Two companies have joined forces in an effort to reduce the number of turbulence injuries suffered by air passengers.
The Weather Company, which is owned by IBM, and in-flight connectivity provider Gogo have developed a new system that will enable the delivery of real-time turbulence reports and alerts directly to pilots.
Traditionally, pilots and other flight operations personnel received coded verbal reports with limited information on flight conditions, known as PIREPS.
But these did not offer real-time updates. Gogo will now connect aircraft with The Weather Company’s patented ‘Turbulence Auto PIREP System’ (TAPS), which features a turbulence-detection algorithm. This will provide pilots with live turbulence reports and alerts through The Weather Company’s apps.
“Leveraging Gogo’s expanded fleet of aircraft, The Weather Company can quickly share real-time turbulence data directly with pilots and dispatchers, thereby improving crew and passenger safety,” said Mark Gildersleeve, president of business solutions at The Weather Company.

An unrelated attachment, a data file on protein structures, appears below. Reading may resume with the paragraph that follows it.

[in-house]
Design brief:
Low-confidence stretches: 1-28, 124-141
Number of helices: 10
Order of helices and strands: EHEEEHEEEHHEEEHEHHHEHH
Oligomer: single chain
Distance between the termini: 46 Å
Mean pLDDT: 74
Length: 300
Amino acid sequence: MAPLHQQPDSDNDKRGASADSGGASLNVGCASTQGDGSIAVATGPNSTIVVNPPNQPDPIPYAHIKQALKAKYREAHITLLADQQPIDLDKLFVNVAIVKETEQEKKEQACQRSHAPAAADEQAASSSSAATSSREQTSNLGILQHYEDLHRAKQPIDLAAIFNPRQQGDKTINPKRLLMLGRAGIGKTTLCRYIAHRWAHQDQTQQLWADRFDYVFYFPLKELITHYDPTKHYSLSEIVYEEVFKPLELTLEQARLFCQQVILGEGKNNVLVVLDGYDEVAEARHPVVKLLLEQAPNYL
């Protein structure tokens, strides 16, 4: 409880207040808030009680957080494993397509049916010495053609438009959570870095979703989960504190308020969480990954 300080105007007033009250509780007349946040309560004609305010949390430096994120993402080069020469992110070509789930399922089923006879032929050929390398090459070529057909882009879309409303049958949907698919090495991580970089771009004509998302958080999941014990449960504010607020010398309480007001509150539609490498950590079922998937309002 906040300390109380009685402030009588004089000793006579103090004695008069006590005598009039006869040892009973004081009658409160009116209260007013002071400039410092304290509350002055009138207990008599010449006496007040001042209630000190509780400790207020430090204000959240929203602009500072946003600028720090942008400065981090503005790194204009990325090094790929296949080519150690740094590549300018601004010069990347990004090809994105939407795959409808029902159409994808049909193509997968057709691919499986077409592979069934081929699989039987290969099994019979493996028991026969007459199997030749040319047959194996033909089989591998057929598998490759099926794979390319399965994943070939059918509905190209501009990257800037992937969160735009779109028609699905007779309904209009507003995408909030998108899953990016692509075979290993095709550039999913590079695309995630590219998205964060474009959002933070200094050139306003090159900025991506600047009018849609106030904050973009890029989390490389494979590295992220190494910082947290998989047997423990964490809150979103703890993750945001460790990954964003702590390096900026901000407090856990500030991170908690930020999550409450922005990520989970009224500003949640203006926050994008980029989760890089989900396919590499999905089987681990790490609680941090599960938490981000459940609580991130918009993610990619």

“It is a great example of the ‘Internet of Things’ in action, where we are collecting massive amounts of data very quickly and then using that insight to provide guidance to all flights that will be traveling through impacted air space.”
Every year, turbulence incidents cost airlines approximately US$100 million due to crew and passenger injuries, unscheduled maintenance, operational inefficiencies, and revenue lost while planes are out of service. In fact, studies have shown that turbulence is the main cause of non-fatal injuries in the commercial airline industry.
Earlier this month, several passengers were injured when a Malaysia Airlines flight from London to Kuala Lumpur encountered severe turbulence. But The Weather Company claims that since its TAPS solution was launched, “some customers” have seen a 50% reduction in turbulence incidents.
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